AKF Partners

Abbott, Keeven & Fisher PartnersPartners In Hyper Growth

Using Vendor Features to Scale

If you’ve had the opportunity to participate in an engagement with us you know that we tend to utilize the Socratic method of asking questions. And, it’s not uncommon for us to hear a company explain how they plan to utilizing a particular vendor’s feature to scale. For databases this is often clustering. We believe relying on a vendor to scale violates several of our architectural and scalability principles. Let us explain a couple of our more significant concerns with this practice of relying on a vendor.

First and foremost you should want the fate of your company, your team, and your career in your own hands. Do not look for vendors to relieve you of this burden. As a CTO if the vendor you vetted and selected fails, causing downtime for your business, your are just as responsible as if you had written every line of code. And if it is significant or frequent enough you should expect to be relieved of your position. All code has bugs, even vendor provided code, and personally I would rather have the source code to fix it rather than have to rely on a vendor to find the problem and provide me with a patch. This statement should not be taken to imply that you should do everything yourself such as writing your own database. Use vendors for things that they can do better than you and that are not part of your core competency. See our post on build vs buy for the four question to answer when making this decision.

With scalability, as with many other things in life, simple is better. The more complex you make your system to provide scalability the more you are likely to suffer from availability issues. More complex systems are more difficult and more costly to maintain. Clustering technologies are much more complex than straightforward log shipping for creating read replicas.

One of our beliefs, and should be one of yours also, is that it is most cost effective to be vendor neutral. Locking yourself into a single vendor, whether hardware or software, gives them the upper hand in negotiations. If you don’t think the sales rep knows this, ask yourself why they are willing to throw in some of these features at such an initially steep discount. The reason is that they can make up for it next year when you have to renegotiate.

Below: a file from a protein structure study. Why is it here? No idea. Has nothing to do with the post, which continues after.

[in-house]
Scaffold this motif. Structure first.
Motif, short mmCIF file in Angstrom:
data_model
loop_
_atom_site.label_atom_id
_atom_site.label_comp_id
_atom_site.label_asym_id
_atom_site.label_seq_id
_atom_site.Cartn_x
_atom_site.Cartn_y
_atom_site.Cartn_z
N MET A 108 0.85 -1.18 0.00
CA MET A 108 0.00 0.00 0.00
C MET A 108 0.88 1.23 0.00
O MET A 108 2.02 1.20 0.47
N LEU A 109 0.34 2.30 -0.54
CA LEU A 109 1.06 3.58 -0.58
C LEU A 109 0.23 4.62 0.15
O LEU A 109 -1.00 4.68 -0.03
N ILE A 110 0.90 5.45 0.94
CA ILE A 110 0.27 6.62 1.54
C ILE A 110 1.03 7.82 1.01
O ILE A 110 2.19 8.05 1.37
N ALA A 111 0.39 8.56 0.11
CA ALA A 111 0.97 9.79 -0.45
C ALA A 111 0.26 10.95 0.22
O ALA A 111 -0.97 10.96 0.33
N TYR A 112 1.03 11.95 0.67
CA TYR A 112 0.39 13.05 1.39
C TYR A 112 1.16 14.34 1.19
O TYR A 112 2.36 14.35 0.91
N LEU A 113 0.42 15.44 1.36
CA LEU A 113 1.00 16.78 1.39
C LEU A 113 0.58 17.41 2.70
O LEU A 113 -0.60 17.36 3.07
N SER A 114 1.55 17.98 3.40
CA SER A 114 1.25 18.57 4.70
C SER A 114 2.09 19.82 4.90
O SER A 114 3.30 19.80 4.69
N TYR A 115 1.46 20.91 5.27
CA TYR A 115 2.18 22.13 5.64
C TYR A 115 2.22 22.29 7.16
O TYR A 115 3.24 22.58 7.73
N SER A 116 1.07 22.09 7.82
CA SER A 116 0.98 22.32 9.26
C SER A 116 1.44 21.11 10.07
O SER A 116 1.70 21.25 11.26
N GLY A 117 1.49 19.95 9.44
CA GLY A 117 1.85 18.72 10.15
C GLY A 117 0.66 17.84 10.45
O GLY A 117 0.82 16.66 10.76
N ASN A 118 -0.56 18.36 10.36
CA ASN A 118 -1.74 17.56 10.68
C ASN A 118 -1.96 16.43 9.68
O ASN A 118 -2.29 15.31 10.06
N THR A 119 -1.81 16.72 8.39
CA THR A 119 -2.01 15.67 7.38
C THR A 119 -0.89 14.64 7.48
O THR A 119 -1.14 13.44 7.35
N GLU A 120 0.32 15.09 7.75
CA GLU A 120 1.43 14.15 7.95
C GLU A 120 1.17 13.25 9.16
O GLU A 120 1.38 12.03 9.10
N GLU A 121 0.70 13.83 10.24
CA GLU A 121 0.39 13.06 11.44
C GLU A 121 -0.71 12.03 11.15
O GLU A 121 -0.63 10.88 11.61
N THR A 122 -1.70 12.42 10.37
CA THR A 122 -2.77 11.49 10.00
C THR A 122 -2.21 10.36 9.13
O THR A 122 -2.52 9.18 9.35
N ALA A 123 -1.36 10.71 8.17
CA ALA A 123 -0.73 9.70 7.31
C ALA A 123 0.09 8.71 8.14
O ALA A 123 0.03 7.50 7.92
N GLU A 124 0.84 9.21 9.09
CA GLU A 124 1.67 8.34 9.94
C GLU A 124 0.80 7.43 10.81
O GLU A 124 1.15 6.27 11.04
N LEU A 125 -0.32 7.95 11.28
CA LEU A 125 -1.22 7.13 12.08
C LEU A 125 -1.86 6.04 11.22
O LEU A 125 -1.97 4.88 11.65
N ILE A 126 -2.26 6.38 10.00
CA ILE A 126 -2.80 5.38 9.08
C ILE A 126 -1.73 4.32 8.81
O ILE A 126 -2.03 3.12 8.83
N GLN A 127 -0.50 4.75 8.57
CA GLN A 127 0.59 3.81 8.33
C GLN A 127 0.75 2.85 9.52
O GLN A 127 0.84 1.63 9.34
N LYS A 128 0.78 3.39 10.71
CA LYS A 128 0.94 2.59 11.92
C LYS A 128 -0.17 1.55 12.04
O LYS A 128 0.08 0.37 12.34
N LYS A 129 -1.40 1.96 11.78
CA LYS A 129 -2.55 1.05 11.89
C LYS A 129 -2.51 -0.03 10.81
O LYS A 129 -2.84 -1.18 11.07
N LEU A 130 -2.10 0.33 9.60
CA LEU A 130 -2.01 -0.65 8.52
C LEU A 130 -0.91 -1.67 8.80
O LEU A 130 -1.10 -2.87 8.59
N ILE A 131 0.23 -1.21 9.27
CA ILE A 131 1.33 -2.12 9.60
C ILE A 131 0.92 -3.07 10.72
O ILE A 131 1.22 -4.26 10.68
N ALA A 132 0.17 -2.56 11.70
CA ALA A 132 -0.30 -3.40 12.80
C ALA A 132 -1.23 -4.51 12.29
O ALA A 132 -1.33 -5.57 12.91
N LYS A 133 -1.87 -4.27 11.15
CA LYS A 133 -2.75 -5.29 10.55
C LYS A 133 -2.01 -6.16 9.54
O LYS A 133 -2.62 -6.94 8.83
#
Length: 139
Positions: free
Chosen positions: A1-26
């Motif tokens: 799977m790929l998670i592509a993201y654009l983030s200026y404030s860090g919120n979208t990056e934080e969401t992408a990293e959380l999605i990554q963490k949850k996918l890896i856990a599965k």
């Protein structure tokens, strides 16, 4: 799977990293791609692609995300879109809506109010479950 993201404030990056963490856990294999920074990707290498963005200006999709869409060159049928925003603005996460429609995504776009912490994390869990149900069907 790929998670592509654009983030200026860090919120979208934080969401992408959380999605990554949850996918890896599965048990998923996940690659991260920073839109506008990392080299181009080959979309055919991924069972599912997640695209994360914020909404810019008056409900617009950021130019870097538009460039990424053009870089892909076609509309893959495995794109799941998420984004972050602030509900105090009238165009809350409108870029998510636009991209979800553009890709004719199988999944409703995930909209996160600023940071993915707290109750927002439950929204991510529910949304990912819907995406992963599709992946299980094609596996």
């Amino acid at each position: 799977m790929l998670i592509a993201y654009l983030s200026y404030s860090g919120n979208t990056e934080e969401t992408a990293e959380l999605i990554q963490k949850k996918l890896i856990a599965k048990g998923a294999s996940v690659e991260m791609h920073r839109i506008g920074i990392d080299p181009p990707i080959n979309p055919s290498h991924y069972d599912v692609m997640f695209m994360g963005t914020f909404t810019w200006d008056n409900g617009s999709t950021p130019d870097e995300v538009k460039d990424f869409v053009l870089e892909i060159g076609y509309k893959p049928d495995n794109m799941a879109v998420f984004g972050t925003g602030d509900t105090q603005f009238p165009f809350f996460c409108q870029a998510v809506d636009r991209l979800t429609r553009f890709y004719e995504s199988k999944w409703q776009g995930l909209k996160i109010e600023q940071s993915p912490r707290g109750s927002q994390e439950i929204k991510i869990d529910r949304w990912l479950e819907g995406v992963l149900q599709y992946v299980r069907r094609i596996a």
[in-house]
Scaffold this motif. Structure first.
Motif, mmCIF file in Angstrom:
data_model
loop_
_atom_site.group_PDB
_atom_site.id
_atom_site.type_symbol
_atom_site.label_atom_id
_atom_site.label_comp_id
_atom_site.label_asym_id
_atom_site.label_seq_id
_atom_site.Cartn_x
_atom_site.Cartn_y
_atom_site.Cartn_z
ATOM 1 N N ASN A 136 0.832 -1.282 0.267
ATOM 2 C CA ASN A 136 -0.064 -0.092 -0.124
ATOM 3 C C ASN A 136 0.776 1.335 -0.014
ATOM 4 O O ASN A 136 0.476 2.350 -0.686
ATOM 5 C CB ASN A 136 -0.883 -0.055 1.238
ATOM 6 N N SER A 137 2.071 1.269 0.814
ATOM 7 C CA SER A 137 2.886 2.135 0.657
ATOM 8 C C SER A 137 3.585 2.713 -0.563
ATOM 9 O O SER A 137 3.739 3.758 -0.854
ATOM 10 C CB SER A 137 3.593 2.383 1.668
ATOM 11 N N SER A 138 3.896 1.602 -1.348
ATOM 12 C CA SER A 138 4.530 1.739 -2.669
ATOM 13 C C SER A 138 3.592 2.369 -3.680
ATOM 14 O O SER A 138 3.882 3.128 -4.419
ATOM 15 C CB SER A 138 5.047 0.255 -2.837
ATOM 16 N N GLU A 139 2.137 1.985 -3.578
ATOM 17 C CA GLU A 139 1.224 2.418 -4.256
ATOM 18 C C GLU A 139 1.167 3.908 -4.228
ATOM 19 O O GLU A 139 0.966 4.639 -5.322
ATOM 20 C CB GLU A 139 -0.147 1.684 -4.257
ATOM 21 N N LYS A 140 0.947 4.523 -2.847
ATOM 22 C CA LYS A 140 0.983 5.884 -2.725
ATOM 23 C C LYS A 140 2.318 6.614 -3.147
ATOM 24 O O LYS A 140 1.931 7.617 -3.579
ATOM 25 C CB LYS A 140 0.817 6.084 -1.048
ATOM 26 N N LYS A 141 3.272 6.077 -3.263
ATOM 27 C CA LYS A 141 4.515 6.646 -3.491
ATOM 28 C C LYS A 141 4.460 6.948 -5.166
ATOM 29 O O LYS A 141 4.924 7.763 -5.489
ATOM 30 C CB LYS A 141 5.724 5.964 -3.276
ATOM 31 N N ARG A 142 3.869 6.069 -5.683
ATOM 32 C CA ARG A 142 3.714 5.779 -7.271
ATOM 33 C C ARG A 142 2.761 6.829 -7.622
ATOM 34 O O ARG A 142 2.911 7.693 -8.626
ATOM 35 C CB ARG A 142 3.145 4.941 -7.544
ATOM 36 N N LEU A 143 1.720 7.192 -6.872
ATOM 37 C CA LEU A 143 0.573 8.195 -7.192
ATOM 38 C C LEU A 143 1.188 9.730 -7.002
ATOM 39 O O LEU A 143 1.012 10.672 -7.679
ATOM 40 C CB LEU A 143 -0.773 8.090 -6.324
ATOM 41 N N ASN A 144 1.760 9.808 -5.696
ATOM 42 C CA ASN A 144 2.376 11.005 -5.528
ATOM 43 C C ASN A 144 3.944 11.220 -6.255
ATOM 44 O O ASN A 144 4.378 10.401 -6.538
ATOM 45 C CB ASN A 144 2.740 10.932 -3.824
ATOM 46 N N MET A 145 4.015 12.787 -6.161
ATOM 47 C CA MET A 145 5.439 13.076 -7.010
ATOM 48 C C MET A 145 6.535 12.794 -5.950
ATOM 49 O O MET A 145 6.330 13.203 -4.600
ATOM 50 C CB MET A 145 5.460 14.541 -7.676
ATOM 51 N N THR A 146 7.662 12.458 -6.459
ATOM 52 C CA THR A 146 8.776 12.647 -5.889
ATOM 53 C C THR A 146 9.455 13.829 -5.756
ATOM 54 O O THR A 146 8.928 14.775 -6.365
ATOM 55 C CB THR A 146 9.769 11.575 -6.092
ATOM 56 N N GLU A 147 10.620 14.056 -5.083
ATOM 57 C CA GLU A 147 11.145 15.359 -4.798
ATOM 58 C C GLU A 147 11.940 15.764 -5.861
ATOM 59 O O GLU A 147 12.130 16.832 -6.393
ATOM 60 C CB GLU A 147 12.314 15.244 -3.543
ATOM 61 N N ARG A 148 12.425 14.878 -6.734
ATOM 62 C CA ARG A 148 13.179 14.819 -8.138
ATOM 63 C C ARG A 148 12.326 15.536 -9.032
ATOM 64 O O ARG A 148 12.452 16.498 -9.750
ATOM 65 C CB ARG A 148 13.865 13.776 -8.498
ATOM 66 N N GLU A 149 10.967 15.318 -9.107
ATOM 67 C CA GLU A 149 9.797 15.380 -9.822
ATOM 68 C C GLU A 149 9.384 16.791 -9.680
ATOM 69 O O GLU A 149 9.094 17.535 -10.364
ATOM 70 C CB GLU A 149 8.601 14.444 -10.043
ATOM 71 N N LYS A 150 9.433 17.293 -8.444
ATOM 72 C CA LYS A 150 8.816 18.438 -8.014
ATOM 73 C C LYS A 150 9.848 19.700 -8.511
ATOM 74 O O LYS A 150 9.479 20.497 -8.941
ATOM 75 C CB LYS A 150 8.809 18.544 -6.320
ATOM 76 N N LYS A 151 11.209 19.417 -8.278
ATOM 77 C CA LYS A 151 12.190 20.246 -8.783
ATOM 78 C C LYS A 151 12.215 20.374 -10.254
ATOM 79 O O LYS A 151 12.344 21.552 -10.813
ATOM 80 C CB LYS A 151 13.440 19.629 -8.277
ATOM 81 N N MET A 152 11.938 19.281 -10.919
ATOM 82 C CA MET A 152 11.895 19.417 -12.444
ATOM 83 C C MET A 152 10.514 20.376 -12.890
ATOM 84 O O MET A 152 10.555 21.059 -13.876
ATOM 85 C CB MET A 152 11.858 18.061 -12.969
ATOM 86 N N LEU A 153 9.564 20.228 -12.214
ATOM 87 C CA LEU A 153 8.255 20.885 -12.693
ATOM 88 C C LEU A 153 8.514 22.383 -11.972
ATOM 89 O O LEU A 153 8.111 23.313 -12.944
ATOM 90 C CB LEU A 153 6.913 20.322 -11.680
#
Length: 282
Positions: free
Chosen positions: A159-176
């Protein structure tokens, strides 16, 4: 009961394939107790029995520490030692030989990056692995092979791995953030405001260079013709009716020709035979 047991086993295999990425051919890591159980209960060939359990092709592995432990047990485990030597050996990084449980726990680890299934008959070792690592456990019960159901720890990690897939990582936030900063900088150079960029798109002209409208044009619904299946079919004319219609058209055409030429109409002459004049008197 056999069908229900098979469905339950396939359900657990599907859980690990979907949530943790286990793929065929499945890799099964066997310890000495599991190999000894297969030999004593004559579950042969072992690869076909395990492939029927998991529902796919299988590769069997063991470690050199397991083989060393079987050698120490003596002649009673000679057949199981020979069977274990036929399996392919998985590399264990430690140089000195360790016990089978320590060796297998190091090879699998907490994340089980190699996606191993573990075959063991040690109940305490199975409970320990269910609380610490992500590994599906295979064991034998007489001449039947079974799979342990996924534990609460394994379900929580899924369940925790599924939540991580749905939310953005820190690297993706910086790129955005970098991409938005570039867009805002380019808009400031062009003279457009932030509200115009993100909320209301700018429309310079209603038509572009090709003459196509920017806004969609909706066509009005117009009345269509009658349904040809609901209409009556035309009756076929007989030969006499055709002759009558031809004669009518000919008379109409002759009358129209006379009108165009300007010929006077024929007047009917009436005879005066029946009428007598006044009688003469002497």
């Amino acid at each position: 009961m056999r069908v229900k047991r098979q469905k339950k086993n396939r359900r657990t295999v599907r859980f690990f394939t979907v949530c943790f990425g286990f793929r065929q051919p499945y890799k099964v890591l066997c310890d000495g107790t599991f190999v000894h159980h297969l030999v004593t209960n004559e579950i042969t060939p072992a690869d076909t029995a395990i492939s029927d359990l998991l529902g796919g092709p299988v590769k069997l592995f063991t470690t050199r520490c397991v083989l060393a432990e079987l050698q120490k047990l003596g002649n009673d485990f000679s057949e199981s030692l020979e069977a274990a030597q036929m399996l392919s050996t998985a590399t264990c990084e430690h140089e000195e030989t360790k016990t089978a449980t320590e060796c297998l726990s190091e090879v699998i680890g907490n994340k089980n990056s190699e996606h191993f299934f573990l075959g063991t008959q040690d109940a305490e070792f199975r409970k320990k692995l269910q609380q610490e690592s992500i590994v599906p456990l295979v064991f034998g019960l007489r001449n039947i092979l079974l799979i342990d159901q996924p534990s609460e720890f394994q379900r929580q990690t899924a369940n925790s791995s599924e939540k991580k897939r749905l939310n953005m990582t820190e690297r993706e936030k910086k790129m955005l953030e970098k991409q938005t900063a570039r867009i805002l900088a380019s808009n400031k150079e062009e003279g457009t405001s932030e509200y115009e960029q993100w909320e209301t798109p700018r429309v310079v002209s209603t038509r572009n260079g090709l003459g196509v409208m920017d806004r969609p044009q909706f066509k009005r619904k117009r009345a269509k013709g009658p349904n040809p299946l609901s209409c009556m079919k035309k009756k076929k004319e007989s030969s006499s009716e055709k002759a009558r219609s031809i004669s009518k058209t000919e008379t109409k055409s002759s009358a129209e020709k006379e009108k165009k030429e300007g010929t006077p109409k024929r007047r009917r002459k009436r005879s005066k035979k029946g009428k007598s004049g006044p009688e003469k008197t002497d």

If these concerns resonate with you, check out our database scalability cube post for ideas on how to design a scaling strategy that you can own, is relatively simple, and is vendor agnostic.


Comments RSS TrackBack 2 comments

  • Ori Lahav

    in January 2nd, 2010 @ 15:07

    good one mike! I absolutely agree.

    I wonder what do you think about Open Source projects (like MySql) as “vendors”.

    also, for those counting about cloud services for scalability… what then?


  • Fish

    in January 2nd, 2010 @ 19:58

    Hi Ori,

    Great comments as usual. I really like Open Source projects and often recommend them to clients, with the caveats that they need to be mature and active. Don’t be the first or last to use an open source project. At the top of our most recommended open source is MySQL, one reason being that it helps force teams to scale through architecture and not rely on special features.

    Everyday I’m becoming a bigger fan of the clouds but I’m not ready to rely soley on them to scale a significant volume. Even with the introduction of Amazon’s RDS, I think you need to take the ability to scale your DB in your own hands.

    What do you think?